As he approached closer, I decided maybe I could say Proof was the first film of his I’d ever seen and thus it held special significance for me… but not much more beyond that. There wasn’t time. I clumsily muttered “Hugo, could you please…” as he saw the book and pen; he took them. He was climbing the Stage Door steps at this point but stopped and looked at the book (I’d opened to a photo page at the middle without thinking too much about it). He scrutinized the book and turned it sideways, his eyes widening, then he signed down the side of the photo. I as about to say something when a man suddenly broke in from behind me, thrusting his Playbill at Hugo and talking about how he’d attended Opening Night and blah, blah blah. I silently took the signed script back from Hugo, thanked him profusely and slipped away. (I don’t want to be too obnoxious about the other autograph seeker, but he had intruded on my Hugo Moment a little. I always wait my turn and avoid talking over or interrupting signings in progress — I’m shy by nature and will avoid talking over anyone else at all costs.) I understand it was an imposition of us to ask for autographs so close to the curtain call in the first place, so on the whole I felt extraordinarily lucky.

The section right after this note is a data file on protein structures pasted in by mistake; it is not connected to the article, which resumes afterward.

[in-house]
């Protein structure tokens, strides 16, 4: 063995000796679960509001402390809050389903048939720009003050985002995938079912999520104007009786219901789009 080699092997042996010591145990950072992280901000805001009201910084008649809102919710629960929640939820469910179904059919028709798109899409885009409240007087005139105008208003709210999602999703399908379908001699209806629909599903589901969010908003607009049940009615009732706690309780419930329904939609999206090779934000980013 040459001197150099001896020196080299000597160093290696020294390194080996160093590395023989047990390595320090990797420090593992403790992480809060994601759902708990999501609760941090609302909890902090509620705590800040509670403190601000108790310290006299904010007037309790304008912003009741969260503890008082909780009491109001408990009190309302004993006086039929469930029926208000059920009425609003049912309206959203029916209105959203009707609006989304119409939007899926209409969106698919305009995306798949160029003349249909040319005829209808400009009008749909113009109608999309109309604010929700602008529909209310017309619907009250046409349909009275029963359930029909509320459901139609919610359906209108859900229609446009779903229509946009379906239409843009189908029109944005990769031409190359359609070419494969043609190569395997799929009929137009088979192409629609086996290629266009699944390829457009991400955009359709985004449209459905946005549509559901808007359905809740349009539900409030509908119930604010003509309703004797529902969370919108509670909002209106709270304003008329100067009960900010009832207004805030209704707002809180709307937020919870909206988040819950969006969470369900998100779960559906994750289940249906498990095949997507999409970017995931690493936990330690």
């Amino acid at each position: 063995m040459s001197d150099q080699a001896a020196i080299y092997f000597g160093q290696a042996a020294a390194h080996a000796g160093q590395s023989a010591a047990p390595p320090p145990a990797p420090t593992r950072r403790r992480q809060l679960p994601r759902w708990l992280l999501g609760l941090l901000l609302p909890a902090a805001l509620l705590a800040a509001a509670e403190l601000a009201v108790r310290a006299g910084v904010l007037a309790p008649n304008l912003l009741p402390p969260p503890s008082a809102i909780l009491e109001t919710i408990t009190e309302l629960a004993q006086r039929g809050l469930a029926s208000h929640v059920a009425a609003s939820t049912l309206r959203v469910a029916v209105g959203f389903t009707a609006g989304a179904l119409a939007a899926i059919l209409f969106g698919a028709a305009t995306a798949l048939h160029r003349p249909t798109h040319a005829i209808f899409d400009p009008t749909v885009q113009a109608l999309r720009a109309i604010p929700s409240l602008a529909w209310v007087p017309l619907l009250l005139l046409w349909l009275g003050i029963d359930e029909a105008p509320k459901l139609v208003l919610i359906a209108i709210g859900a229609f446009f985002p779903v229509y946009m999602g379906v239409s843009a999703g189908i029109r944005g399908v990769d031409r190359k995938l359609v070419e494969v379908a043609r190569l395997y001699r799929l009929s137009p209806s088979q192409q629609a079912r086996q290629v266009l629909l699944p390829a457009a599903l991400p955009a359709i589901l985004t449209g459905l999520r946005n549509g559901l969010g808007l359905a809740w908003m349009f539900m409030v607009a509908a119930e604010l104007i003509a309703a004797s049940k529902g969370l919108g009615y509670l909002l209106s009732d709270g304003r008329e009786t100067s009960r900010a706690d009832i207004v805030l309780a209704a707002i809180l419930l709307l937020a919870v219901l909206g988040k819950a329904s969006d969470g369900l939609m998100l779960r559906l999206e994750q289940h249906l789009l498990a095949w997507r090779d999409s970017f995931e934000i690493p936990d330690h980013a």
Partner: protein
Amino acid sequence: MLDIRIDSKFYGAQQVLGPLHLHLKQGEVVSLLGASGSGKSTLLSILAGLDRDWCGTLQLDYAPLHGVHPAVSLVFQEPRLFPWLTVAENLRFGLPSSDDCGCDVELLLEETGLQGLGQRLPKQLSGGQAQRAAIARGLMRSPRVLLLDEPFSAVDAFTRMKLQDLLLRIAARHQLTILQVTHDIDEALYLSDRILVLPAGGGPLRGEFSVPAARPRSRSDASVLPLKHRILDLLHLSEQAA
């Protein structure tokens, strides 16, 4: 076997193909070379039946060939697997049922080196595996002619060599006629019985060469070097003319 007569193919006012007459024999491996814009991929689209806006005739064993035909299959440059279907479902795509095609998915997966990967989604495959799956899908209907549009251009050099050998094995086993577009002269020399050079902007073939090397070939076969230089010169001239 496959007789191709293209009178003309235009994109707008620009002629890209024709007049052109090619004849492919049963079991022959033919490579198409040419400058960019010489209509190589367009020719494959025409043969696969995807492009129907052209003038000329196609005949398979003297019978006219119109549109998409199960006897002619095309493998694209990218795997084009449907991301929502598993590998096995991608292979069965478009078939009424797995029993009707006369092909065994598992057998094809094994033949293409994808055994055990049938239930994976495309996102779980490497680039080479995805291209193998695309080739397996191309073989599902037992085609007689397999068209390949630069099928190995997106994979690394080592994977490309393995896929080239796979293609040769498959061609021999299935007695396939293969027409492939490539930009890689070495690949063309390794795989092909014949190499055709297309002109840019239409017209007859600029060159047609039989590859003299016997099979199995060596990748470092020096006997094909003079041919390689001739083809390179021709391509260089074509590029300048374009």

[Don’t worry: Ugly the Cat later recovered in the film. In the original script version, Martin adopted him.] 😉

So no, I didn’t “top” my experience last August at Kennedy Center… I probably never will. It’s impossible to quantify these sorts of things anyhow. I didn’t get any photos or conversation this time– nor did anyone else, as Hugo had someplace important to be. I’m more than happy with my autograph and meaningful look. I hope Hugo understood the significance of the whole thing for me, the things I didn’t have time or opportunity to say. I know that on a certain level, actors and other artists are never going to understand the inner journeys fans have gone on, or the specific inspiration their work has given us. They create art for their own reasons, sometimes equally mysterious or inexpressible. I always try to select objects of special significance the few times I muster up the audacity to ask an artist to sign something. (95% of the time, I don’t try. Just experiencing their work is enough.) I try to pick something of little or no monetary value on the resale market, but of deep symbolic importance to me.  Ideally this can lead to lovely little conversations, but such opportunities are rare. And often, other fans will understand more than the artist would anyhow.